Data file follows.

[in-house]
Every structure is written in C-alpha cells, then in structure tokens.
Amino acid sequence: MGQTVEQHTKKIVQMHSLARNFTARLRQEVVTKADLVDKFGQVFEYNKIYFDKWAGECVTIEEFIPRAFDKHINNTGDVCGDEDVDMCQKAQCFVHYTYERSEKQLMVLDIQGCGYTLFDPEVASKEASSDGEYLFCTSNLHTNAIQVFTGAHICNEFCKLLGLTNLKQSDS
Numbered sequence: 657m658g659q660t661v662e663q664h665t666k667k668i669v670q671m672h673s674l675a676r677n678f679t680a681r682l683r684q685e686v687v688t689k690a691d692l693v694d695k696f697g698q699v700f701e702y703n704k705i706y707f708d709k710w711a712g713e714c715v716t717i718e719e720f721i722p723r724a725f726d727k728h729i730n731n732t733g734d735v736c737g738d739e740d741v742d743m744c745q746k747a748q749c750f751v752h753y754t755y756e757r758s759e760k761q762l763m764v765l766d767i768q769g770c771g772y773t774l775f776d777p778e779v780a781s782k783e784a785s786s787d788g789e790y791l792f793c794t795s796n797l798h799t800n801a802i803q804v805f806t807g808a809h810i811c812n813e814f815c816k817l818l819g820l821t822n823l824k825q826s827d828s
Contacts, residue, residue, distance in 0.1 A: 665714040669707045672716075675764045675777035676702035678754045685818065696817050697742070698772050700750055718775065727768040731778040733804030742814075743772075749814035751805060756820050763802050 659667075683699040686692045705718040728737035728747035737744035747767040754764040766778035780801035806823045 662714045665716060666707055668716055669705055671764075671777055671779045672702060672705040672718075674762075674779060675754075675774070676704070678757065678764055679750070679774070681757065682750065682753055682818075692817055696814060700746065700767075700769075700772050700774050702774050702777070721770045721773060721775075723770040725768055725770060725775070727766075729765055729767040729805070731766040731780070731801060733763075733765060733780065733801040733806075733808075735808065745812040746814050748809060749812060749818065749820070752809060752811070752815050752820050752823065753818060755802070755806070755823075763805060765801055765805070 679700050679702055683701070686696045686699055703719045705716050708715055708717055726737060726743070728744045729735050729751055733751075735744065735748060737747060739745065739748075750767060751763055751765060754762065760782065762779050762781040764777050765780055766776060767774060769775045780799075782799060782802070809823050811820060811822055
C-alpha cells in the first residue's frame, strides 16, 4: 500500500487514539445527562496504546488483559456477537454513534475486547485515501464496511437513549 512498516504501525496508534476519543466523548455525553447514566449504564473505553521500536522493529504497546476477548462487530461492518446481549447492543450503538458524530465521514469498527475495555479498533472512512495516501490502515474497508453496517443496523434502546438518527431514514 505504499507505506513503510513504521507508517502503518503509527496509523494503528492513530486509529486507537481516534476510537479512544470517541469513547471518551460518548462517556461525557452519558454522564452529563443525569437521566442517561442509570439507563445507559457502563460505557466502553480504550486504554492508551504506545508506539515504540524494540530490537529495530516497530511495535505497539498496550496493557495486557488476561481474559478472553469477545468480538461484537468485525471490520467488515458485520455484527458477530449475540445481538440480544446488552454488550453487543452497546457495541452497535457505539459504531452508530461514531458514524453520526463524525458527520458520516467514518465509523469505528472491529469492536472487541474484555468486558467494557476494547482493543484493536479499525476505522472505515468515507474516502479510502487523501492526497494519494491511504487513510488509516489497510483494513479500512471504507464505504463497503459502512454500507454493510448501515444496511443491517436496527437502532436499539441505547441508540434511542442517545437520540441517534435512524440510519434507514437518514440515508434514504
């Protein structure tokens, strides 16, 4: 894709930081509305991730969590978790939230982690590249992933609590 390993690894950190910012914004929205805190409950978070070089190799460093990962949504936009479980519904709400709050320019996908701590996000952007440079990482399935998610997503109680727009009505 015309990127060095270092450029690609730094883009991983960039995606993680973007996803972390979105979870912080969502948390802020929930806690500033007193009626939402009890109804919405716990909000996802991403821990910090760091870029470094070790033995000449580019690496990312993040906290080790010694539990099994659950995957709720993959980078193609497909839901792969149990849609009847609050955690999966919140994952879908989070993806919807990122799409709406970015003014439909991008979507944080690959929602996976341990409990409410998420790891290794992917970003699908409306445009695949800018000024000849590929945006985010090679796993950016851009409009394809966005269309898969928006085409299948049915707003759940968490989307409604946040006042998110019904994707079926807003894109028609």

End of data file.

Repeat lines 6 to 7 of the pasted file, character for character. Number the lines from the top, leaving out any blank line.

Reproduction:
C-alpha cells in the first residue's frame, strides 16, 4: 500500500487514539445527562496504546488483559456477537454513534475486547485515501464496511437513549 512498516504501525496508534476519543466523548455525553447514566449504564473505553521500536522493529504497546476477548462487530461492518446481549447492543450503538458524530465521514469498527475495555479498533472512512495516501490502515474497508453496517443496523434502546438518527431514514 505504499507505506513503510513504521507508517502503518503509527496509523494503528492513530486509529486507537481516534476510537479512544470517541469513547471518551460518548462517556461525557452519558454522564452529563443525569437521566442517561442509570439507563445507559457502563460505557466502553480504550486504554492508551504506545508506539515504540524494540530490537529495530516497530511495535505497539498496550496493557495486557488476561481474559478472553469477545468480538461484537468485525471490520467488515458485520455484527458477530449475540445481538440480544446488552454488550453487543452497546457495541452497535457505539459504531452508530461514531458514524453520526463524525458527520458520516467514518465509523469505528472491529469492536472487541474484555468486558467494557476494547482493543484493536479499525476505522472505515468515507474516502479510502487523501492526497494519494491511504487513510488509516489497510483494513479500512471504507464505504463497503459502512454500507454493510448501515444496511443491517436496527437502532436499539441505547441508540434511542442517545437520540441517534435512524440510519434507514437518514440515508434514504
């Protein structure tokens, strides 16, 4: 894709930081509305991730969590978790939230982690590249992933609590 390993690894950190910012914004929205805190409950978070070089190799460093990962949504936009479980519904709400709050320019996908701590996000952007440079990482399935998610997503109680727009009505 015309990127060095270092450029690609730094883009991983960039995606993680973007996803972390979105979870912080969502948390802020929930806690500033007193009626939402009890109804919405716990909000996802991403821990910090760091870029470094070790033995000449580019690496990312993040906290080790010694539990099994659950995957709720993959980078193609497909839901792969149990849609009847609050955690999966919140994952879908989070993806919807990122799409709406970015003014439909991008979507944080690959929602996976341990409990409410998420790891290794992917970003699908409306445009695949800018000024000849590929945006985010090679796993950016851009409009394809966005269309898969928006085409299948049915707003759940968490989307409604946040006042998110019904994707079926807003894109028609």